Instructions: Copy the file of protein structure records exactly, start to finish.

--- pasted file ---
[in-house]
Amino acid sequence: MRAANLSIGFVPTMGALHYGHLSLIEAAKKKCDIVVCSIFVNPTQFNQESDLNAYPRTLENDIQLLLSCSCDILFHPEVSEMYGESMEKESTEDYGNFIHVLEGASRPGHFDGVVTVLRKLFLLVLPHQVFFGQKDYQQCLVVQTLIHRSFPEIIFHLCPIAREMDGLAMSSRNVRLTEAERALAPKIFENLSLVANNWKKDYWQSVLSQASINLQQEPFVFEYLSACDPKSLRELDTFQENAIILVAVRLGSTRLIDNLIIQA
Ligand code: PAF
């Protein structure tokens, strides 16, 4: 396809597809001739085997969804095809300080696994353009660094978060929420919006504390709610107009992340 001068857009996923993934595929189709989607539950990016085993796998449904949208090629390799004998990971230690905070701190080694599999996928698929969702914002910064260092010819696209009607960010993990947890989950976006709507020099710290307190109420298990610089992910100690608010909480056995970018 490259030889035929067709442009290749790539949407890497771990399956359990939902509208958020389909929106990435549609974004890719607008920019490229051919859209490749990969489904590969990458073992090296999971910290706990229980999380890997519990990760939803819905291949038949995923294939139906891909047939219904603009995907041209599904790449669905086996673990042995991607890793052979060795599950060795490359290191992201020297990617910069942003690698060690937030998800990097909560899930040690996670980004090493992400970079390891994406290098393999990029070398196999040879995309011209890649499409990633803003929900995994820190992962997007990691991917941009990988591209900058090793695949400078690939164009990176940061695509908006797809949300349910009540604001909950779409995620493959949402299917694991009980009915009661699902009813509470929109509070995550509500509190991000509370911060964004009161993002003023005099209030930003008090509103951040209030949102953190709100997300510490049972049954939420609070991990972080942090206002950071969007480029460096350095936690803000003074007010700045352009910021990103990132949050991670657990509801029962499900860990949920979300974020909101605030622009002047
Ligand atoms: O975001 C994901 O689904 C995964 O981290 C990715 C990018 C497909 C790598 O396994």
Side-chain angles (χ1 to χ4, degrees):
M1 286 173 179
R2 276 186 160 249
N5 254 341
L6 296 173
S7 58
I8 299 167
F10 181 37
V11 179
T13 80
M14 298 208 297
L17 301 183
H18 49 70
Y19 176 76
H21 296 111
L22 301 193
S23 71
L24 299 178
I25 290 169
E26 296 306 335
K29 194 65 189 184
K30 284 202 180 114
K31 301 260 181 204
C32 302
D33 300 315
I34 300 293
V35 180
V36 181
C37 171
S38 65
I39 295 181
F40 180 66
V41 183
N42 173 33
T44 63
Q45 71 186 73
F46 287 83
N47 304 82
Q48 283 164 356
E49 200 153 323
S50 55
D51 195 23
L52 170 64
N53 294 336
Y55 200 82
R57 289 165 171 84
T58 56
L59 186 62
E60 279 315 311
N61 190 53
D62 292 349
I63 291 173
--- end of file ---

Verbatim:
[in-house]
Amino acid sequence: MRAANLSIGFVPTMGALHYGHLSLIEAAKKKCDIVVCSIFVNPTQFNQESDLNAYPRTLENDIQLLLSCSCDILFHPEVSEMYGESMEKESTEDYGNFIHVLEGASRPGHFDGVVTVLRKLFLLVLPHQVFFGQKDYQQCLVVQTLIHRSFPEIIFHLCPIAREMDGLAMSSRNVRLTEAERALAPKIFENLSLVANNWKKDYWQSVLSQASINLQQEPFVFEYLSACDPKSLRELDTFQENAIILVAVRLGSTRLIDNLIIQA
Ligand code: PAF
């Protein structure tokens, strides 16, 4: 396809597809001739085997969804095809300080696994353009660094978060929420919006504390709610107009992340 001068857009996923993934595929189709989607539950990016085993796998449904949208090629390799004998990971230690905070701190080694599999996928698929969702914002910064260092010819696209009607960010993990947890989950976006709507020099710290307190109420298990610089992910100690608010909480056995970018 490259030889035929067709442009290749790539949407890497771990399956359990939902509208958020389909929106990435549609974004890719607008920019490229051919859209490749990969489904590969990458073992090296999971910290706990229980999380890997519990990760939803819905291949038949995923294939139906891909047939219904603009995907041209599904790449669905086996673990042995991607890793052979060795599950060795490359290191992201020297990617910069942003690698060690937030998800990097909560899930040690996670980004090493992400970079390891994406290098393999990029070398196999040879995309011209890649499409990633803003929900995994820190992962997007990691991917941009990988591209900058090793695949400078690939164009990176940061695509908006797809949300349910009540604001909950779409995620493959949402299917694991009980009915009661699902009813509470929109509070995550509500509190991000509370911060964004009161993002003023005099209030930003008090509103951040209030949102953190709100997300510490049972049954939420609070991990972080942090206002950071969007480029460096350095936690803000003074007010700045352009910021990103990132949050991670657990509801029962499900860990949920979300974020909101605030622009002047
Ligand atoms: O975001 C994901 O689904 C995964 O981290 C990715 C990018 C497909 C790598 O396994």
Side-chain angles (χ1 to χ4, degrees):
M1 286 173 179
R2 276 186 160 249
N5 254 341
L6 296 173
S7 58
I8 299 167
F10 181 37
V11 179
T13 80
M14 298 208 297
L17 301 183
H18 49 70
Y19 176 76
H21 296 111
L22 301 193
S23 71
L24 299 178
I25 290 169
E26 296 306 335
K29 194 65 189 184
K30 284 202 180 114
K31 301 260 181 204
C32 302
D33 300 315
I34 300 293
V35 180
V36 181
C37 171
S38 65
I39 295 181
F40 180 66
V41 183
N42 173 33
T44 63
Q45 71 186 73
F46 287 83
N47 304 82
Q48 283 164 356
E49 200 153 323
S50 55
D51 195 23
L52 170 64
N53 294 336
Y55 200 82
R57 289 165 171 84
T58 56
L59 186 62
E60 279 315 311
N61 190 53
D62 292 349
I63 291 173